During this time, though the Vietnamese area was indeed ruled by a Vietnamese leader, it was, on paper, still under the control of the Southern Han. Having achieved recognition from a weak and reluctant Southern Han (Taylor, 46), the Governor Nghệ had big plans for his territory. However, due to his assassination, Governor Nghệ would only rule for a span of six years and was unable to carry out his goals (Tran, 76). In 937, Dương Đình Nghệ was betrayed and murdered by one of his own generals, Kiều Công Tiễn, who then sought help from the Chinese to consolidate his usurpation (Taylor, 46). Consistent with their approach to any traitor to the Vietnamese nation, the Chinese were happy to assist the treasonous Kiều Công Tiễn in causing damage to Vietnam’s interests.

During this time, Ngô Quyền was serving under Dương Đình Nghệ as the administrator of what is modern day Thanh Hóa province. The two men had a close relationship, for it was Nghệ who recognized the talents of Ngô Quyền in earlier times, promoted Quyền to oversee the operations of Thanh Hóa, and granted his daughter’s hand in marriage to Quyền. Upon hearing the news of his mentor’s death, Ngô Quyền mobilized his own forces to confront Kiều Công Tiễn and avenge his father-in-law (Tran, 76).

Marching northward, Ngô Quyền killed the traitor Kiều Công Tiễn in 938, and promptly shifted his attention to the incoming Chinese invasion (Taylor, 46; Tran, 76). From China, the Southern Han ruler, Liu Gong, braced his forces for an attempt to recapture the Vietnamese territory.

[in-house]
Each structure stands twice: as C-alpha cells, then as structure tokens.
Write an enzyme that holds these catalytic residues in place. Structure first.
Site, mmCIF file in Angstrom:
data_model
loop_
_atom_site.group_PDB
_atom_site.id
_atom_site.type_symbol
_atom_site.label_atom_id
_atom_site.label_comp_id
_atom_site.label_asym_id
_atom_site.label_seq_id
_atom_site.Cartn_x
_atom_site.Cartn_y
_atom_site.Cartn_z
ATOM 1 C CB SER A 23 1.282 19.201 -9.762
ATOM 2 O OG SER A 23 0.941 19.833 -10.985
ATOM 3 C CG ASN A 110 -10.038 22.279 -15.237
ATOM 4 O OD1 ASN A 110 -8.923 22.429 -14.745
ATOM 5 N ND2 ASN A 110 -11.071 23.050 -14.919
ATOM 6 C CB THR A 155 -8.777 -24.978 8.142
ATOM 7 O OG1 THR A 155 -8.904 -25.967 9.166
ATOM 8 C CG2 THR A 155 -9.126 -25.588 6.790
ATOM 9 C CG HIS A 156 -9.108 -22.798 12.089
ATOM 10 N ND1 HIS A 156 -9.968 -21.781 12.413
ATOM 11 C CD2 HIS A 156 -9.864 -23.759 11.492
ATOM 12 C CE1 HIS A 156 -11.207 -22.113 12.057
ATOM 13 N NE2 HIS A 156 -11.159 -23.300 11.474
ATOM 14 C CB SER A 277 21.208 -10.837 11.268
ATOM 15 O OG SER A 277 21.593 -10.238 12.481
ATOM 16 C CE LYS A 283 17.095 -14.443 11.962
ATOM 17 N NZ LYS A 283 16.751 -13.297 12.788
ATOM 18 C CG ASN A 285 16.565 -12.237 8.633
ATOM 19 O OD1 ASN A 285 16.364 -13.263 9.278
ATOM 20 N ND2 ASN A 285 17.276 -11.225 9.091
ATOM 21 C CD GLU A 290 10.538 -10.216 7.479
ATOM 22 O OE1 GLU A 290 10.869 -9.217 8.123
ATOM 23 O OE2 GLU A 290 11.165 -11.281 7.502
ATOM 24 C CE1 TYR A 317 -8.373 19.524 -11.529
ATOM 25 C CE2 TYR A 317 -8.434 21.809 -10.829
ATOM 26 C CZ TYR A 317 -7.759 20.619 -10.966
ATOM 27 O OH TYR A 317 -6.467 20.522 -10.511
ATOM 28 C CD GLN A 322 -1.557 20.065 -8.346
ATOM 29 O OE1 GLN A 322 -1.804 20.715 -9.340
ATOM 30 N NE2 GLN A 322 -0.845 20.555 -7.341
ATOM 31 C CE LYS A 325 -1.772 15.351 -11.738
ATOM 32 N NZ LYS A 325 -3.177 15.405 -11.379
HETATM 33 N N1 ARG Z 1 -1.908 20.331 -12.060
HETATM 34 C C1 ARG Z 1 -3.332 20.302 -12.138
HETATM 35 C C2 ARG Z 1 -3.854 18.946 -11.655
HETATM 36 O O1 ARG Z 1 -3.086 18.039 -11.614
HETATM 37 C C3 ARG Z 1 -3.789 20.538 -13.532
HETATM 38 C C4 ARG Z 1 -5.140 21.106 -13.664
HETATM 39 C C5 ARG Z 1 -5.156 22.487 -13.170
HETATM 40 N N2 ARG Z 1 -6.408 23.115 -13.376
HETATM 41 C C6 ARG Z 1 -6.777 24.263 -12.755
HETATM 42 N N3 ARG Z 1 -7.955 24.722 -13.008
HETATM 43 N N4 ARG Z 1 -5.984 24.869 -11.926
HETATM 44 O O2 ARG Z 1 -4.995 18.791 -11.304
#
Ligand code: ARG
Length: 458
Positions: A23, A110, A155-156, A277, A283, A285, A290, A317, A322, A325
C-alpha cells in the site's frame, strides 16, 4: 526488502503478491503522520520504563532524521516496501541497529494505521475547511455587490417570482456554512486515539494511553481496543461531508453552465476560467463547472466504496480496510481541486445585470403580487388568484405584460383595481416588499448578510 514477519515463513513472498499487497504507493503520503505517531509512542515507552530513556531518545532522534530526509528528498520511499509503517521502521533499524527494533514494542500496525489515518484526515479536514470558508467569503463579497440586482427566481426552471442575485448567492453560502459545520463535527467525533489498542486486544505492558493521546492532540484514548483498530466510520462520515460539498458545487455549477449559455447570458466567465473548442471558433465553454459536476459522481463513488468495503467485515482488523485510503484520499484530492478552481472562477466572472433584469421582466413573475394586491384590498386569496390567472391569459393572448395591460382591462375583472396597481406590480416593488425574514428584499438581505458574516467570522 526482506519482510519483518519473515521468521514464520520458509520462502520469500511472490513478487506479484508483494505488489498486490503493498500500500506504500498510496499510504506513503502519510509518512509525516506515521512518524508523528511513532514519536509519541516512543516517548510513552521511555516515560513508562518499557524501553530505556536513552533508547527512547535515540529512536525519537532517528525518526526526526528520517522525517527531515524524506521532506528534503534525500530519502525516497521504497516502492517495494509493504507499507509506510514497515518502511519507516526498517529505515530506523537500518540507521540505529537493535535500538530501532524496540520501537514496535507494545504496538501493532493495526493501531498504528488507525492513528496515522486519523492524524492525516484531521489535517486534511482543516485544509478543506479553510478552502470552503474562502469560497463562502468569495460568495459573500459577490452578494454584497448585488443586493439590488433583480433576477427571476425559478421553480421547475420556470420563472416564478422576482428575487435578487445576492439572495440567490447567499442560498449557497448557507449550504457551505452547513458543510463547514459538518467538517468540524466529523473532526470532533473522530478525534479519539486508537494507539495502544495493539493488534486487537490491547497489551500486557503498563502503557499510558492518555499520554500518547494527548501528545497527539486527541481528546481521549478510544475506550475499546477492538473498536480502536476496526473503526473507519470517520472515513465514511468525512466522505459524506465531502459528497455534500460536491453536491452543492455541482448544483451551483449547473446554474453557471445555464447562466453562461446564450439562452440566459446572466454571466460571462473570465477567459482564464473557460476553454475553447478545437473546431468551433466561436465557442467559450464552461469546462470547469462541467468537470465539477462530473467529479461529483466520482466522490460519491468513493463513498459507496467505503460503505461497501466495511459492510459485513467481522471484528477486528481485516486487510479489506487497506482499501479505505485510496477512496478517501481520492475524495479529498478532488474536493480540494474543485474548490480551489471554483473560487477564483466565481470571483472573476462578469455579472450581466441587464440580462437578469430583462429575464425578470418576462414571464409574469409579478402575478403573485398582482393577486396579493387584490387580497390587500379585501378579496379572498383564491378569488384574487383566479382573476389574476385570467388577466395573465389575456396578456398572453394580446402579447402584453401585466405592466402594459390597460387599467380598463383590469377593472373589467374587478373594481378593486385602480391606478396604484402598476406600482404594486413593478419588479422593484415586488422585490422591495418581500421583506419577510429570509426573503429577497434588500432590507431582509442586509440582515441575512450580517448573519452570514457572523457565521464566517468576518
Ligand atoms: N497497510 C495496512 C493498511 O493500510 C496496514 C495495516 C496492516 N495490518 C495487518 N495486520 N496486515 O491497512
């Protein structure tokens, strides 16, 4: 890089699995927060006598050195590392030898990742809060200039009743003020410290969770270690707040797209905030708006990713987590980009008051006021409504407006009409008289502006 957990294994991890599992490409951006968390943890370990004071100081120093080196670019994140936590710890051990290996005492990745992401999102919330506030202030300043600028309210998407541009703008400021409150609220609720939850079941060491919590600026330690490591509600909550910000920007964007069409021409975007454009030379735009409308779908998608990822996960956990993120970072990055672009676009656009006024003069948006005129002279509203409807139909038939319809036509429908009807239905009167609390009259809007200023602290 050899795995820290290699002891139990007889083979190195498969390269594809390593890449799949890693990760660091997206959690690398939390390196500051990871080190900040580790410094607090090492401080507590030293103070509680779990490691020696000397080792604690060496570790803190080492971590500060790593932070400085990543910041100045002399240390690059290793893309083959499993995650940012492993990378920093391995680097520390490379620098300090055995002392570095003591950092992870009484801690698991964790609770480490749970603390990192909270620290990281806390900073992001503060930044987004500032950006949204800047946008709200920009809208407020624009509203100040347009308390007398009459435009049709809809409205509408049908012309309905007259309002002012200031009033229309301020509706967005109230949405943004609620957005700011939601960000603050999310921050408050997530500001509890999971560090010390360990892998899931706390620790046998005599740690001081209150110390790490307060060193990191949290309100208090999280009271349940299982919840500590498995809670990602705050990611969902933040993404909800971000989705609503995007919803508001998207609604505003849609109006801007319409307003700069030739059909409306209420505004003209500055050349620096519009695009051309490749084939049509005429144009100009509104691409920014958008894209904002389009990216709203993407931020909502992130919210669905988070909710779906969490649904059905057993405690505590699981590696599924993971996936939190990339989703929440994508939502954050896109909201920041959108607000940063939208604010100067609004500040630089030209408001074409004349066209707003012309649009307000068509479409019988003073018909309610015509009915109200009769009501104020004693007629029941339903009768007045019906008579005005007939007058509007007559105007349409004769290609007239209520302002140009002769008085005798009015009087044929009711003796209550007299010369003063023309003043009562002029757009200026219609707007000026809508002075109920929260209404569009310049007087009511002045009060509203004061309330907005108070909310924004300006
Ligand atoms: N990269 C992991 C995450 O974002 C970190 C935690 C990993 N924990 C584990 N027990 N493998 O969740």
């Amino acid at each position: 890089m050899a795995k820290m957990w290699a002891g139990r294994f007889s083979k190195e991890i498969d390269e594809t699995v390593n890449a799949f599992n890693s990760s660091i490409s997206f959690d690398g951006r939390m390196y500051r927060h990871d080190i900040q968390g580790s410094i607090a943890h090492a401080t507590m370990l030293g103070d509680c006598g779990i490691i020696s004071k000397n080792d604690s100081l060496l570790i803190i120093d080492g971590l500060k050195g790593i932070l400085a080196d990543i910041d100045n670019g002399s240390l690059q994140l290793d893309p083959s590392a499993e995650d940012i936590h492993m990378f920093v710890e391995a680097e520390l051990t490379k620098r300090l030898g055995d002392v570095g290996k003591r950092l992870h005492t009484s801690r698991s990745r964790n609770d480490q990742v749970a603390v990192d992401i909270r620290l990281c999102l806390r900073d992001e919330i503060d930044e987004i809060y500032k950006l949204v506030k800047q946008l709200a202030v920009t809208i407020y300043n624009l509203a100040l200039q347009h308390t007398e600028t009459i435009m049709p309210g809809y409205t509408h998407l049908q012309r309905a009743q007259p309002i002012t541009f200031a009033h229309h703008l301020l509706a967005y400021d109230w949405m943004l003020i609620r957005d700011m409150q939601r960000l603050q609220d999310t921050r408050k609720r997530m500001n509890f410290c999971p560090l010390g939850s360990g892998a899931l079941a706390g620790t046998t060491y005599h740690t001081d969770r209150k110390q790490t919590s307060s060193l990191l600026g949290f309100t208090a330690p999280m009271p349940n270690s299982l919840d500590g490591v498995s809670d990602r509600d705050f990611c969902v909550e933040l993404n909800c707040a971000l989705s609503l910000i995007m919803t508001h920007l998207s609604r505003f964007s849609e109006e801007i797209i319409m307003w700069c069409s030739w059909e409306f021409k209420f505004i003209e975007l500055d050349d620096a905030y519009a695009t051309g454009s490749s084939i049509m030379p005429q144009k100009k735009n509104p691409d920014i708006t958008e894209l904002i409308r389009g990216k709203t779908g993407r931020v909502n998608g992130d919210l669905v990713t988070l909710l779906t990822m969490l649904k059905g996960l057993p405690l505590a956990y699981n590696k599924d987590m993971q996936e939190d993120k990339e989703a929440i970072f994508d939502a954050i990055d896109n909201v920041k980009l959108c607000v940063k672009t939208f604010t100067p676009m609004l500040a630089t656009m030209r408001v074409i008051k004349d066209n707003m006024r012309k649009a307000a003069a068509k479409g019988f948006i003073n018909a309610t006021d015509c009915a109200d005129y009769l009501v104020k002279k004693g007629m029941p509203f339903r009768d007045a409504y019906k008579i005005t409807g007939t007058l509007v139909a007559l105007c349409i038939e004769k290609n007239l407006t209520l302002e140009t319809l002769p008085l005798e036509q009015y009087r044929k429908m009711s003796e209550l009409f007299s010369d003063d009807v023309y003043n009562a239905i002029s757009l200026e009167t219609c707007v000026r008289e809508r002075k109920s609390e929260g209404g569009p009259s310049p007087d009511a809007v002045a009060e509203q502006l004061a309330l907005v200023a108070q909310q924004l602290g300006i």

Anticipating the Southern Han’s attack, Ngô Quyền “stationed his men at the estuary of the Bạch Đằng River where the sea routes entered the plain and where he prepared to receive the Southern Han fleet with iron-tipped poles planted in the bed of the river,” (Taylor, 46).

Prior to the Battle of Bạch Đằng, the Southern Han heeded the call of the traitor Kiều Công Tiễn, and “mobilized a fleet of warships, commanded by the crown prince, to bring an army to the aid of its would-be ally,” (ibid). According to Chapuis, this invading force was known as the “Yunnanese expedition,” (70), and was led by Liu Gong’s son, the crown prince Liu Hungcao (Anderson, 2007: 43), [known as Hoằng Tháo in Vietnamese records (Chapuis, 70)].

As history shows, even after the death of Kiều Công Tiễn, the Southern Han continued their invasion of Vietnam without their “would-be ally.” An examination by James Anderson demonstrates that during this period, in what the Chinese describe as the “Five Dynasties” period, the aspirational Southern Han dynasty north of the Vietnamese regions were showing renewed interest in once again capturing full control of Vietnam and its people (43). These findings cast doubt on the Southern Han’s apparently benevolent intentions of simply helping a potential ally, embodied by the treasonous Kiều Công Tiễn. Instead, it is more apparent that the Southern Han, though claiming to assist an ally in need, sought to exploit the situation in Vietnam to capture and reestablish Chinese control over the Vietnamese once more.

The Southern Han’s Yunnanese expedition arrived in the autumn of 938, and was met by the forces of General Ngô Quyền at Bạch Đằng River (Anderson, 43; Taylor, 46).

As part of their strategy, it was the forces of Ngô Quyền who initiated the naval confrontation versus the Southern Han fleet (Chapuis, 70). The Việt forces instigated the fight during high tide, when the river waters covered the giant iron stakes they had planted beneath the waves. As the tide gradually fell, Ngô Quyền’s forces feigned a retreat, prompting a chase by the Southern Han’s forces. In their pursuit, the invaders sailed directly over Ngô Quyền’s trap (Tran, 70). With the fall of the tide, the Chinese ships became entangled, the stakes ripping through the Chinese ships and impaling the soldiers onboard (Anderson, 43). It was then that Ngô Quyền and the Việt forces launched their counter attack, against an ensnared Southern Han naval fleet that could neither fight back nor escape. As a result, at Bạch Đằng River, Ngô Quyền and his navy obliterated the Chinese invading forces (Tran, 76), drowning half of the Chinese expedition (Anderson, 43).